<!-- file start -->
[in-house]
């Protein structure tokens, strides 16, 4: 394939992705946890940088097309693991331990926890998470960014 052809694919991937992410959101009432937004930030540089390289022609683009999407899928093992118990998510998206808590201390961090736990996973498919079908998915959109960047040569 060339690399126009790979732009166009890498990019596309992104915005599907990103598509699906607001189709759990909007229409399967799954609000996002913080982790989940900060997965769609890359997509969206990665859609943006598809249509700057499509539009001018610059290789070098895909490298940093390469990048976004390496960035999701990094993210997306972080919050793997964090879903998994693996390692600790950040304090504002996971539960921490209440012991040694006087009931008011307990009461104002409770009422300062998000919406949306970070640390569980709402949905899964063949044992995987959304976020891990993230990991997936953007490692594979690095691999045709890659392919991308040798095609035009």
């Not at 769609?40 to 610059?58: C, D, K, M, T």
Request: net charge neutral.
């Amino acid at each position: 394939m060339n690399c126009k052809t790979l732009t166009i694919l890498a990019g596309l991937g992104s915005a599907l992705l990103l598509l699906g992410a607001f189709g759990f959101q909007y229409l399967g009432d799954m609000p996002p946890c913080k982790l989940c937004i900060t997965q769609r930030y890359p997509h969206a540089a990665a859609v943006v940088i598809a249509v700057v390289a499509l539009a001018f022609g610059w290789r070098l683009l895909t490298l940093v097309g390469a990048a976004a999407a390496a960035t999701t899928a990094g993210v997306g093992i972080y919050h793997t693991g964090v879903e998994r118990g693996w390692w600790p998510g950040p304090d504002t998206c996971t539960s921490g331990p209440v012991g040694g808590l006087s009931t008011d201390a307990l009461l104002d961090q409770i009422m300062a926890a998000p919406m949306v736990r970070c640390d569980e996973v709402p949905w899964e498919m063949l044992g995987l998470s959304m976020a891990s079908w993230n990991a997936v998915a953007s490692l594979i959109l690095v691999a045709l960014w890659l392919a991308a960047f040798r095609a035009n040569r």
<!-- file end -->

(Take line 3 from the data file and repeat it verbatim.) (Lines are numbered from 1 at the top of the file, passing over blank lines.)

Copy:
């Not at 769609?40 to 610059?58: C, D, K, M, T």